A break from Fried Garbage; The death of a faithful servant

Malacca’s nice, if you like malls And museums. Most of the city — all the new buildings — are malls, and the leftover old buildings are museums. There are something like a hundred museums in Malacca, covering subject matter from the general to the excruciatingly obscure. There are so many museums that there’s a municipal government department in its own big building just to keep track of them all — a building destined, I’m sure, to become a Museum of Malaccan Museums. Nobody’s keeping track of the malls, and I couldn’t begin to guess how many of those there are. Malaysians are in love with shopping malls, and in Malacca they’re reclaiming huge stretches of land from the sea just to put more malls on.

I admit that we did go to one of the malls (but only because of the cinema and the supermarket). And we did go to the museum that documented Malaysian struggle for independence, but the curation was such a mess we couldn’t make head nor tail of it. I did notice how carefully the atrocities of the Japanese occupation were glossed over — in the interests of diplomacy, I suppose. Neither of us were in a scholarly frame of mind, I’m ashamed to say, so that half-hearted attempt was the last one.

There’s a low, lumpy hiss in Malacca’s historical centre called St. Paul’s Hill (Bukit St. Paul in the local lingo). It doesn’t dominate the skyline, being about five meters high. Clustered on its modest height are (try to contain your surprise) a few museums and the remains of a church dating back to the days of Dutch rule, later used as a gunpowder store by the British and now as playground equipment for ten million screeching over-sugared school kids. The boys in their ugly tie-and-shorts uniforms, the same as every other schoolboy the world over, and the girls in their pastel pink and blue headscarves that made them look like a box of candy-marshmallows. There’s a decent view from the top of the hill, but I imagine it would have been better from the strange tower a few blocks away — a weird structure with a centre pole 10 or 15 stories high and a spinning observation deck that went up and down the pole. When the wind was strong it made a moaning sound as it passed through the slowly turning struts — a chilling, disturbing sound like an animal in pain that drifted over the city.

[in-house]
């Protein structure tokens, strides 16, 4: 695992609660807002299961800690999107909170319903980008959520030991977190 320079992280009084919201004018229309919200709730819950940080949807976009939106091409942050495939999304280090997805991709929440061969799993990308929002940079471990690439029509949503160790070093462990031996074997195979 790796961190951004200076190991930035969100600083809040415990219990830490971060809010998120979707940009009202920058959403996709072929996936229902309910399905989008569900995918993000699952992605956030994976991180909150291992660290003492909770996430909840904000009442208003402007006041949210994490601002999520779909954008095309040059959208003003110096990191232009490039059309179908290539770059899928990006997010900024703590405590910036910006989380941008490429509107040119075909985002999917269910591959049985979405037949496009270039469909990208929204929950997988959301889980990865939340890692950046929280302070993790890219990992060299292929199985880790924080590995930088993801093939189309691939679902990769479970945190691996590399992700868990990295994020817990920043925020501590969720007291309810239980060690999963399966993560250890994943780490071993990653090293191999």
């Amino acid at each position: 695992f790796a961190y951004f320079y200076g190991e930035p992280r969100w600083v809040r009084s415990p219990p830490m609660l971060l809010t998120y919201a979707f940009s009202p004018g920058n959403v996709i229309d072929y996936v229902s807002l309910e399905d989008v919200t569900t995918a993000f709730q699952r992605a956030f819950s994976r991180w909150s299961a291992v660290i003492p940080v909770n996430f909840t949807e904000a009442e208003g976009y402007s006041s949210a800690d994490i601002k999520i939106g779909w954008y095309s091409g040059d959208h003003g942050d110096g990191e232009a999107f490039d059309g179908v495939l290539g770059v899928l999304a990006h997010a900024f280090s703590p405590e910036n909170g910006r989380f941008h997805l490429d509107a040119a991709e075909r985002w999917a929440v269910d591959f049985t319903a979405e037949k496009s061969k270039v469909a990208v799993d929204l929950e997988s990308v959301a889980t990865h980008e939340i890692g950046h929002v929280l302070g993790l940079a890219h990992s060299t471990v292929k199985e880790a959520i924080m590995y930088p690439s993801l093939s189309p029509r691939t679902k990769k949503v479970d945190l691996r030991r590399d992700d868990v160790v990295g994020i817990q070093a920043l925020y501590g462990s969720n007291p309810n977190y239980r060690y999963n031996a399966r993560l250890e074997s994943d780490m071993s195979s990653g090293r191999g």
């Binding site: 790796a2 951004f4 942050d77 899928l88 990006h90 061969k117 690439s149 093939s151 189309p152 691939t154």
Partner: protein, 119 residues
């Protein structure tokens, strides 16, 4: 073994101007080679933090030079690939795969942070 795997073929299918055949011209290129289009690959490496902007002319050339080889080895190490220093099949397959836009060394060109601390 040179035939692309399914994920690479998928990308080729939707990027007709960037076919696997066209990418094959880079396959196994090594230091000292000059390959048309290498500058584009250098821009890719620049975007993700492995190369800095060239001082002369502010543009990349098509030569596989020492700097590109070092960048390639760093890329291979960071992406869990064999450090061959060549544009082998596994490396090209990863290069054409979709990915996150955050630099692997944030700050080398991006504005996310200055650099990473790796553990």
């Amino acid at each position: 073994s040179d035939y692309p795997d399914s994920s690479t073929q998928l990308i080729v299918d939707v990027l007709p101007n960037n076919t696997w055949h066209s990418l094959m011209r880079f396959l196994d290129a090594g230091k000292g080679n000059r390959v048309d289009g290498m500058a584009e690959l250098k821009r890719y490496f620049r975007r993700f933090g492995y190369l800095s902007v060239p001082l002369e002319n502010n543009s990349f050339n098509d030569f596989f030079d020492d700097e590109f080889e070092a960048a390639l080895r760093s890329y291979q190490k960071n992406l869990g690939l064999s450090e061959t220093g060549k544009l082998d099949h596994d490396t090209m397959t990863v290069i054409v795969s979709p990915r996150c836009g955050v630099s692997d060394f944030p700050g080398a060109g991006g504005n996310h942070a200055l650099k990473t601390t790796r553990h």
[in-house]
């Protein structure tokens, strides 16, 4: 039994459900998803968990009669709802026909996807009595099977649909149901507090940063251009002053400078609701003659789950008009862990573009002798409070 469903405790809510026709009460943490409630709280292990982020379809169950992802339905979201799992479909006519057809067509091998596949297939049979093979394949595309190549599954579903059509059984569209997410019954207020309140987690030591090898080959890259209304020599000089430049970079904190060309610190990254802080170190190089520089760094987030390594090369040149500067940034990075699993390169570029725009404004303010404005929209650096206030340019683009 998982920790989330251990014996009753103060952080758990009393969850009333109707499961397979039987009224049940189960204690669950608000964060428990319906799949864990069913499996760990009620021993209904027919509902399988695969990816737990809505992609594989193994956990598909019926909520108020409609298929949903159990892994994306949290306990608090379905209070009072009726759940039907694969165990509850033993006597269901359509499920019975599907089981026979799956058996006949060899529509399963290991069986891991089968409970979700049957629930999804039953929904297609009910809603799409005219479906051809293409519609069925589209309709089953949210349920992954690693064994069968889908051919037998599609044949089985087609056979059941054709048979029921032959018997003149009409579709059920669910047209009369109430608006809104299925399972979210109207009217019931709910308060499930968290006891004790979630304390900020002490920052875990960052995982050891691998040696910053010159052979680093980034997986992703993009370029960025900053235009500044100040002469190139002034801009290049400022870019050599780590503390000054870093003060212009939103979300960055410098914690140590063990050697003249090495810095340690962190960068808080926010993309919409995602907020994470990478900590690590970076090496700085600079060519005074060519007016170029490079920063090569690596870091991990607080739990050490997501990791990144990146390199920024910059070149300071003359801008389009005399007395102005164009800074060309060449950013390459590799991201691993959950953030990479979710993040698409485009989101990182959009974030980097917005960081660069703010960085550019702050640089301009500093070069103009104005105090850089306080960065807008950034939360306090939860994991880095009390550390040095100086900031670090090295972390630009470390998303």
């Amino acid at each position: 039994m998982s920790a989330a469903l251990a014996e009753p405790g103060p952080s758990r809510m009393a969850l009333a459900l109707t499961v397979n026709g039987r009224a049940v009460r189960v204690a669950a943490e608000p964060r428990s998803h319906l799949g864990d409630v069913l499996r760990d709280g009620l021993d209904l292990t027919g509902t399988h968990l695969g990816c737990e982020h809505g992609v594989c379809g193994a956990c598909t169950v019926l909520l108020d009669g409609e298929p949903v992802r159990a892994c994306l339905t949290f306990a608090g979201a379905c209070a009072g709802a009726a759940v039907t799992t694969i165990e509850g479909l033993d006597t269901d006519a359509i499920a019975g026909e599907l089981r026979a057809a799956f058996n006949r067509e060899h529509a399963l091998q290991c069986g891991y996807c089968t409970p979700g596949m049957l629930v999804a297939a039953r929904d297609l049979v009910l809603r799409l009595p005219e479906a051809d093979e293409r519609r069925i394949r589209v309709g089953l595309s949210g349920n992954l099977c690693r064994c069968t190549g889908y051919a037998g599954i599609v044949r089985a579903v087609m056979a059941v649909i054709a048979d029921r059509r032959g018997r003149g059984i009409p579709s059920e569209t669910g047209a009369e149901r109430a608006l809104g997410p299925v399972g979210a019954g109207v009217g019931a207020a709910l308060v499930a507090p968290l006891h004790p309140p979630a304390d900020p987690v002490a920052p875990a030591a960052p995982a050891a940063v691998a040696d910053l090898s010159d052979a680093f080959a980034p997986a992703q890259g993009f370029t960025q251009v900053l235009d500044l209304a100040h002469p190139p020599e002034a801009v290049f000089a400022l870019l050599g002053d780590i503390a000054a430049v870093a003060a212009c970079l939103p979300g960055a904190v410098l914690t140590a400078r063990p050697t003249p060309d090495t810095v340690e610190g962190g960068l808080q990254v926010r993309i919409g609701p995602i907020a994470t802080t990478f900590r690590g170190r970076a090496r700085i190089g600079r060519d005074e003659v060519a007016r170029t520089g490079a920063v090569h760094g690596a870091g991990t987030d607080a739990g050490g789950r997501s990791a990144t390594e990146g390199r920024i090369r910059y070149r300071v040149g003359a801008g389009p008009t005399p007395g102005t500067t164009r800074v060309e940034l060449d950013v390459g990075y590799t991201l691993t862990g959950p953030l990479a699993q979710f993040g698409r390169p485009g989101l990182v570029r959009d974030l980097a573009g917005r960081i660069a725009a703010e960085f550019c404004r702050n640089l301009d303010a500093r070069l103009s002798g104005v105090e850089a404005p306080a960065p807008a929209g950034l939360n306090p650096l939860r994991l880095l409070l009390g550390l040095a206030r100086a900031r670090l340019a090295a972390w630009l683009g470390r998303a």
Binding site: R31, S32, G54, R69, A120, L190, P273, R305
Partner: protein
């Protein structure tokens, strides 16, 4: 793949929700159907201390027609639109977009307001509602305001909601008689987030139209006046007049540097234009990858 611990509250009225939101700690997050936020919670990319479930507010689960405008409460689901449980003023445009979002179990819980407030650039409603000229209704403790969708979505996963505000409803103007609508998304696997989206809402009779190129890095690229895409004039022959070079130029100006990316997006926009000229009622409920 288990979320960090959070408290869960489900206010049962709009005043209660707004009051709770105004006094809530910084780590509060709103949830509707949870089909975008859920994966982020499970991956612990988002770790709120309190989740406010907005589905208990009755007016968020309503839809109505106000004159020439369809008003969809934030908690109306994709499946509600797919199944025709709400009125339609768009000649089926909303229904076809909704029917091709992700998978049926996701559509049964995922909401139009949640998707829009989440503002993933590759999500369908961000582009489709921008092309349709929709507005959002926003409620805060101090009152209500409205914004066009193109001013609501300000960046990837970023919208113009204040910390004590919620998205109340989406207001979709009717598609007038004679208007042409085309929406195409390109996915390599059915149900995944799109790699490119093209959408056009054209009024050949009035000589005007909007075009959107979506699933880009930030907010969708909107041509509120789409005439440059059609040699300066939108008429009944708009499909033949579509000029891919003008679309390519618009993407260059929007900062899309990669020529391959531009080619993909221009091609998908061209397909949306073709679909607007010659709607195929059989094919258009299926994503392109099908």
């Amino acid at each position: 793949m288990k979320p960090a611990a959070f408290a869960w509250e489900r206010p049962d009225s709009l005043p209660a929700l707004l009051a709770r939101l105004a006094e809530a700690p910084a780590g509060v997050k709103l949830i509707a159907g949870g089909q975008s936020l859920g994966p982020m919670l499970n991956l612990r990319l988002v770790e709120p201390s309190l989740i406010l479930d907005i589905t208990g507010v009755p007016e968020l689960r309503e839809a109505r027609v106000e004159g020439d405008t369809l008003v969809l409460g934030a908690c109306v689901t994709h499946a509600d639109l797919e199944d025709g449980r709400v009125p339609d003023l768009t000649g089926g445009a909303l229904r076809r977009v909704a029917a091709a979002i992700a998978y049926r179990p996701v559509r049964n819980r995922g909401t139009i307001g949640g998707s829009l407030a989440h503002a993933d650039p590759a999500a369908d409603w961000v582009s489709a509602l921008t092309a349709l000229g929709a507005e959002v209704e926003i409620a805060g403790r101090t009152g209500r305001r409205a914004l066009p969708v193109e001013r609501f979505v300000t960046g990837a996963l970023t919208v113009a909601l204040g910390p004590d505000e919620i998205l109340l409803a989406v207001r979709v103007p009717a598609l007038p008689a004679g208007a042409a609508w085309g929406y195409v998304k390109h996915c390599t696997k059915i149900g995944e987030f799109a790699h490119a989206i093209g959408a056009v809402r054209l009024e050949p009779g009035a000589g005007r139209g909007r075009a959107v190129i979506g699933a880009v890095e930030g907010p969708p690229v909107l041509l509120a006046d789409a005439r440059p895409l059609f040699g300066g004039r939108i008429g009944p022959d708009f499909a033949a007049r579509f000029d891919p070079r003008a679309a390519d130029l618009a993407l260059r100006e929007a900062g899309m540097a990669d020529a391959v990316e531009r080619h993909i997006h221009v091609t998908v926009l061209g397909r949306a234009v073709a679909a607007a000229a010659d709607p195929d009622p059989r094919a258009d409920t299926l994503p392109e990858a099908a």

Malacca’s Chinatown is an odd mixture of restored historic architectural showpieces and backstreets and alleys where people live an dwork in crumbling versions of the same shophouses. The style of the buildings reminded me intensely of Georgetown, with their decorated facades and arched gallery-porches running along the street. Every shop was filled to overflowing with the seemingly famous Nyonya pineapple tarts. I wasn’t attracted, and Sheryl surprised me by not wanting any either — I thought she’d be all over them.